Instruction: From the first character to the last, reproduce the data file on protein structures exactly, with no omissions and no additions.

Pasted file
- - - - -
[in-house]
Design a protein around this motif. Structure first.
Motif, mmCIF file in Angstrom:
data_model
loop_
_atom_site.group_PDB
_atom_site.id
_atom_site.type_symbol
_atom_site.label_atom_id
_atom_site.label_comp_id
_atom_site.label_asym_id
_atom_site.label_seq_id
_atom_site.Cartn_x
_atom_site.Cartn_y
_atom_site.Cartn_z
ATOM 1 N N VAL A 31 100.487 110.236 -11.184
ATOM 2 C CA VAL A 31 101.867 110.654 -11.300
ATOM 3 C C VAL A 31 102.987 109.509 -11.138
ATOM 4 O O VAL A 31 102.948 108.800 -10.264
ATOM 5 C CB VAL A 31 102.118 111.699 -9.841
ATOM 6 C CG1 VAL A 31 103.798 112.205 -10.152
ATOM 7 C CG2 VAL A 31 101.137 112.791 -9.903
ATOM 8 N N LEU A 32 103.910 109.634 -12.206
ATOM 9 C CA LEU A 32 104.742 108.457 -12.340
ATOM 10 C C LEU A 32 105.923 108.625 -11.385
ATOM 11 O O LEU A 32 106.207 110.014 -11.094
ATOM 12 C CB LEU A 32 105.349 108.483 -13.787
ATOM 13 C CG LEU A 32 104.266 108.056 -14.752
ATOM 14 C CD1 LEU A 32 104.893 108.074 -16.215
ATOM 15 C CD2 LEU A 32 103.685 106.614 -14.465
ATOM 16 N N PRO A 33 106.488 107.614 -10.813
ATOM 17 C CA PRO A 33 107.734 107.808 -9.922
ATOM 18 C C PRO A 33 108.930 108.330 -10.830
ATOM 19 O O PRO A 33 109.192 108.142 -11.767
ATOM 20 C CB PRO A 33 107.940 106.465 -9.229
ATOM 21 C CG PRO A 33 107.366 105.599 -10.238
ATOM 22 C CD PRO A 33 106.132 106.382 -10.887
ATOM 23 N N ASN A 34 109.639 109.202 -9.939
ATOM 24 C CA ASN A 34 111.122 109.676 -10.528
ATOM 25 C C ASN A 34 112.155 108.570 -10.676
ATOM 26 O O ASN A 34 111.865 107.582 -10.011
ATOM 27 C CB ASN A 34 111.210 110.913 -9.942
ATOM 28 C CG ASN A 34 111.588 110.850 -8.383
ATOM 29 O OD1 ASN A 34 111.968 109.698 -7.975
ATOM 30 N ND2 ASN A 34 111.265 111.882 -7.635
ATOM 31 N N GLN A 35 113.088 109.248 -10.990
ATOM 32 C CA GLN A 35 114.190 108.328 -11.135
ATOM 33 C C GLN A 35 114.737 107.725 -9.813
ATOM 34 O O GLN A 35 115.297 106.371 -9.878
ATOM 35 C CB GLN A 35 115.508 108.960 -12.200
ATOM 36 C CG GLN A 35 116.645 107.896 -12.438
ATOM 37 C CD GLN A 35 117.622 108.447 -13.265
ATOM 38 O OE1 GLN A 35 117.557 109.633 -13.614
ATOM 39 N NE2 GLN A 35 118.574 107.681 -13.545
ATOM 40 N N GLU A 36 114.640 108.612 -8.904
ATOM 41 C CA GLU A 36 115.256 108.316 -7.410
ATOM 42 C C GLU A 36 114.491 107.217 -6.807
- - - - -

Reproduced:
[in-house]
Design a protein around this motif. Structure first.
Motif, mmCIF file in Angstrom:
data_model
loop_
_atom_site.group_PDB
_atom_site.id
_atom_site.type_symbol
_atom_site.label_atom_id
_atom_site.label_comp_id
_atom_site.label_asym_id
_atom_site.label_seq_id
_atom_site.Cartn_x
_atom_site.Cartn_y
_atom_site.Cartn_z
ATOM 1 N N VAL A 31 100.487 110.236 -11.184
ATOM 2 C CA VAL A 31 101.867 110.654 -11.300
ATOM 3 C C VAL A 31 102.987 109.509 -11.138
ATOM 4 O O VAL A 31 102.948 108.800 -10.264
ATOM 5 C CB VAL A 31 102.118 111.699 -9.841
ATOM 6 C CG1 VAL A 31 103.798 112.205 -10.152
ATOM 7 C CG2 VAL A 31 101.137 112.791 -9.903
ATOM 8 N N LEU A 32 103.910 109.634 -12.206
ATOM 9 C CA LEU A 32 104.742 108.457 -12.340
ATOM 10 C C LEU A 32 105.923 108.625 -11.385
ATOM 11 O O LEU A 32 106.207 110.014 -11.094
ATOM 12 C CB LEU A 32 105.349 108.483 -13.787
ATOM 13 C CG LEU A 32 104.266 108.056 -14.752
ATOM 14 C CD1 LEU A 32 104.893 108.074 -16.215
ATOM 15 C CD2 LEU A 32 103.685 106.614 -14.465
ATOM 16 N N PRO A 33 106.488 107.614 -10.813
ATOM 17 C CA PRO A 33 107.734 107.808 -9.922
ATOM 18 C C PRO A 33 108.930 108.330 -10.830
ATOM 19 O O PRO A 33 109.192 108.142 -11.767
ATOM 20 C CB PRO A 33 107.940 106.465 -9.229
ATOM 21 C CG PRO A 33 107.366 105.599 -10.238
ATOM 22 C CD PRO A 33 106.132 106.382 -10.887
ATOM 23 N N ASN A 34 109.639 109.202 -9.939
ATOM 24 C CA ASN A 34 111.122 109.676 -10.528
ATOM 25 C C ASN A 34 112.155 108.570 -10.676
ATOM 26 O O ASN A 34 111.865 107.582 -10.011
ATOM 27 C CB ASN A 34 111.210 110.913 -9.942
ATOM 28 C CG ASN A 34 111.588 110.850 -8.383
ATOM 29 O OD1 ASN A 34 111.968 109.698 -7.975
ATOM 30 N ND2 ASN A 34 111.265 111.882 -7.635
ATOM 31 N N GLN A 35 113.088 109.248 -10.990
ATOM 32 C CA GLN A 35 114.190 108.328 -11.135
ATOM 33 C C GLN A 35 114.737 107.725 -9.813
ATOM 34 O O GLN A 35 115.297 106.371 -9.878
ATOM 35 C CB GLN A 35 115.508 108.960 -12.200
ATOM 36 C CG GLN A 35 116.645 107.896 -12.438
ATOM 37 C CD GLN A 35 117.622 108.447 -13.265
ATOM 38 O OE1 GLN A 35 117.557 109.633 -13.614
ATOM 39 N NE2 GLN A 35 118.574 107.681 -13.545
ATOM 40 N N GLU A 36 114.640 108.612 -8.904
ATOM 41 C CA GLU A 36 115.256 108.316 -7.410
ATOM 42 C C GLU A 36 114.491 107.217 -6.807